HAYES MP John McDonnell has called on parliament to review its laws on cemeteries as they come under threat from developers.
Raising the issue in an Early Day Motion (EDM) last week, Mr McDonnell urged 'a swift review of the current law' protecting burial grounds from developments such as roads, railways and new buildings, and preventing the distress to family members caused by the exhumation and displacement of loved ones.
Fellow MPs can support the motion by signing it, and some EDMs with strong backing have subsequently become law.
Mr McDonnell used the example of Cherry Lane cemetery, in Shepiston Lane, Harlington.
There had been fears an access road to serve any third runway at Heathrow Airport would have run straight through this cemetery - a threat that was fought by campaign group Cherry Lane Against Development (CLAD) despite strenuous denials from airport owner BAA that it has any such plans.
But last month, the third runway was dealt a blow when the High Court ruled the public consultation undertaken by the government was flawed .
Mr McDonnell said: "We are now confident that we have fought off the threat to our local cemetery, but we do not want to risk BAA or any other body threatening us again.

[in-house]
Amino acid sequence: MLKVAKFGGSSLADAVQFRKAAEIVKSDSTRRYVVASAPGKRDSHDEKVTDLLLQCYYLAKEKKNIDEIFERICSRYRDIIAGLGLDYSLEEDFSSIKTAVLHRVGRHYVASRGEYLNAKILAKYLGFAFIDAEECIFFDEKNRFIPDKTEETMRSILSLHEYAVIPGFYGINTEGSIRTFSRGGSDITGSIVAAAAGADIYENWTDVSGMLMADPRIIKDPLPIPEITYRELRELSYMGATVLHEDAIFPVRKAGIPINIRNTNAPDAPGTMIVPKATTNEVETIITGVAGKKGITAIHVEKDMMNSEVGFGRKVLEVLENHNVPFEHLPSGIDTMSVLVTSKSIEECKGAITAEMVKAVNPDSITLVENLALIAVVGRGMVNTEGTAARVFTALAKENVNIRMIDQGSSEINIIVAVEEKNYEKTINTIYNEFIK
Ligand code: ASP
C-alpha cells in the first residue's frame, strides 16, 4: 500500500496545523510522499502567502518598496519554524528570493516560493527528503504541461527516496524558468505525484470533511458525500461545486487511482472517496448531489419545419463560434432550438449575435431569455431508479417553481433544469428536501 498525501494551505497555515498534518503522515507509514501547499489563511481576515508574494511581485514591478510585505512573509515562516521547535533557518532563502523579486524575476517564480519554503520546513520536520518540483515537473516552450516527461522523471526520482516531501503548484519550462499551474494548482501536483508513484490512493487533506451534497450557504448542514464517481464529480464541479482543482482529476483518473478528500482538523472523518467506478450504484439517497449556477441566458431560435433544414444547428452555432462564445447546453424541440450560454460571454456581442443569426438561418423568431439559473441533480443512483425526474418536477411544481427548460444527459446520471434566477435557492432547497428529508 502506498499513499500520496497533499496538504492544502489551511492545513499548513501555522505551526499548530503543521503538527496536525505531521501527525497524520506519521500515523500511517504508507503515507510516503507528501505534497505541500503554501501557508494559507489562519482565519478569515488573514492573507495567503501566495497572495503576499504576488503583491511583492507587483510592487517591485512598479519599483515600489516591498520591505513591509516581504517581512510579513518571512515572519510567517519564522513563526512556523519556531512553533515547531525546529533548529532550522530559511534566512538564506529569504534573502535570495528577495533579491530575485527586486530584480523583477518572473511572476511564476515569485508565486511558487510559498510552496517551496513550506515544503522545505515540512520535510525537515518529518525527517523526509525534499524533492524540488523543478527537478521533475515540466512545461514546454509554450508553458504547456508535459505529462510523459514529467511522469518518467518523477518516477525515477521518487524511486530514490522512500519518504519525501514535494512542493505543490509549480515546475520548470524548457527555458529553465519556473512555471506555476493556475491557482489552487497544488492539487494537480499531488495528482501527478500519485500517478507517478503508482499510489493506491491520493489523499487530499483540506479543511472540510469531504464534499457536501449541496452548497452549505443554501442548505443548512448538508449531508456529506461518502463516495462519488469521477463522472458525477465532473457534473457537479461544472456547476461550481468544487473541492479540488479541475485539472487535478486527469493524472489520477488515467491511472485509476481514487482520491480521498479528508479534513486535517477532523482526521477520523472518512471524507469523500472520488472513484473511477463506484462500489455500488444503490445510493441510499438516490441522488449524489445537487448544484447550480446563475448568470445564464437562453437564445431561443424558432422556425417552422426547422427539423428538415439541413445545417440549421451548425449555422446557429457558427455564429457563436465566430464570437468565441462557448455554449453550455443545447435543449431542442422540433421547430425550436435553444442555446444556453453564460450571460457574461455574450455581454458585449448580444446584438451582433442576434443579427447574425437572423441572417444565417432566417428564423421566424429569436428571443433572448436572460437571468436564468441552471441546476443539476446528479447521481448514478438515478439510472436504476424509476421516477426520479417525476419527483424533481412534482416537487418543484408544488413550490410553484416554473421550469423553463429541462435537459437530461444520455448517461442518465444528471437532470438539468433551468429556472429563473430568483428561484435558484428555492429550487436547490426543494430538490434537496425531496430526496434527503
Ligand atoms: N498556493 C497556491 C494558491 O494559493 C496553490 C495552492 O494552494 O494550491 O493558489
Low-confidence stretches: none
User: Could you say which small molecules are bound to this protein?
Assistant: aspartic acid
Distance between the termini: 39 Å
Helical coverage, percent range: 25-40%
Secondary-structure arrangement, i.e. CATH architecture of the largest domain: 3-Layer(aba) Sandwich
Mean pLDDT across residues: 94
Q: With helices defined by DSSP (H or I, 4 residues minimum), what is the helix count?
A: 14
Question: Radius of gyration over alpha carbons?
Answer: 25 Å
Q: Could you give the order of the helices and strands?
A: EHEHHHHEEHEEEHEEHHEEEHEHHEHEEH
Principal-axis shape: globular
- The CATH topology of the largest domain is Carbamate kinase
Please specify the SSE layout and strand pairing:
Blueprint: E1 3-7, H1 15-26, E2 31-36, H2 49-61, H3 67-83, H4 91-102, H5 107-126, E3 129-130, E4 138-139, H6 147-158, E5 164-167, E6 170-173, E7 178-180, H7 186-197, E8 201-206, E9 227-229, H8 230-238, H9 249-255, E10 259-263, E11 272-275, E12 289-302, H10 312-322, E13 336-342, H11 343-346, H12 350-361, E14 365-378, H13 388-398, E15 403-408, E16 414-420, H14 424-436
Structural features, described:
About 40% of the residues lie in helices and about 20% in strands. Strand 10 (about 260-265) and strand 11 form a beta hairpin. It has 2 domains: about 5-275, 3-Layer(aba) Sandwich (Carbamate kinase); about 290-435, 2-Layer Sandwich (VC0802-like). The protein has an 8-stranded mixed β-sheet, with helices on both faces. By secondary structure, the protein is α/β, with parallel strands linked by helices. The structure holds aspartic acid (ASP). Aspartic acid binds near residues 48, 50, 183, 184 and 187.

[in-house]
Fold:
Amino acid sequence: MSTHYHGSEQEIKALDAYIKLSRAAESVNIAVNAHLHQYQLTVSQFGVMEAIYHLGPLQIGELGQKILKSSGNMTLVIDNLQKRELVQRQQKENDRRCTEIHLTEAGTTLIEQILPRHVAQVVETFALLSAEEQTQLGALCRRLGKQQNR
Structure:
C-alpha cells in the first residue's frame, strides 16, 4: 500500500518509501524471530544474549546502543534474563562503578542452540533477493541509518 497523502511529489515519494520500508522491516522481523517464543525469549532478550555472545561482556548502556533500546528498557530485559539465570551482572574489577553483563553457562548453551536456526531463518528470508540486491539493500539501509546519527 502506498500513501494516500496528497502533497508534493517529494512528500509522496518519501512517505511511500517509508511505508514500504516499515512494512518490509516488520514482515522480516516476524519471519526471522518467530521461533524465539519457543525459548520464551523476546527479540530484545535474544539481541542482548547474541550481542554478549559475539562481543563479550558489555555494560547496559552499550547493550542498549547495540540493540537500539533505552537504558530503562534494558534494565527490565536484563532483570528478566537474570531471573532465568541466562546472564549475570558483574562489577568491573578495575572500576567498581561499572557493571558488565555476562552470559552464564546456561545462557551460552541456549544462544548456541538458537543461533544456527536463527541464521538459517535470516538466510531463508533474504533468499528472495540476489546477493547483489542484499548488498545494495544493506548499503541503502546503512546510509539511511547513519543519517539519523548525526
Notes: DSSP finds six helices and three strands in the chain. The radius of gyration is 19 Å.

"At the same time we want to help others who in the future might also be threatened in this way. That is why we have launched a campaign in parliament to press the government to bring forward proposals for a reform of the legislation to give greater protection and security."
Natasha La Mothe, chairwoman of CLAD, whose father is buried in Cherry Lane, has been at the forefront of the campaign with her mother, Edna, since the group's formation in 2008.
She said: "We are absolutely delighted that John has raised this issue in parliament.
"We have been working alongside various cemetery groups for some time now who have had the same problems, so this won't just be good news for us.
Some of the laws protecting cemeteries were drawn up in Victorian times. What we need is new legislation that reflects what goes on in this day and age.
"At the moment, the sites are protected unless there are 'certain justifiable circumstances', and, as we have seen, this can be interpreted to suit just about anyone.
"It's just so morally wrong that you can bury someone and then have the threat of exhumation hang over you, so we are glad that it is being addressed."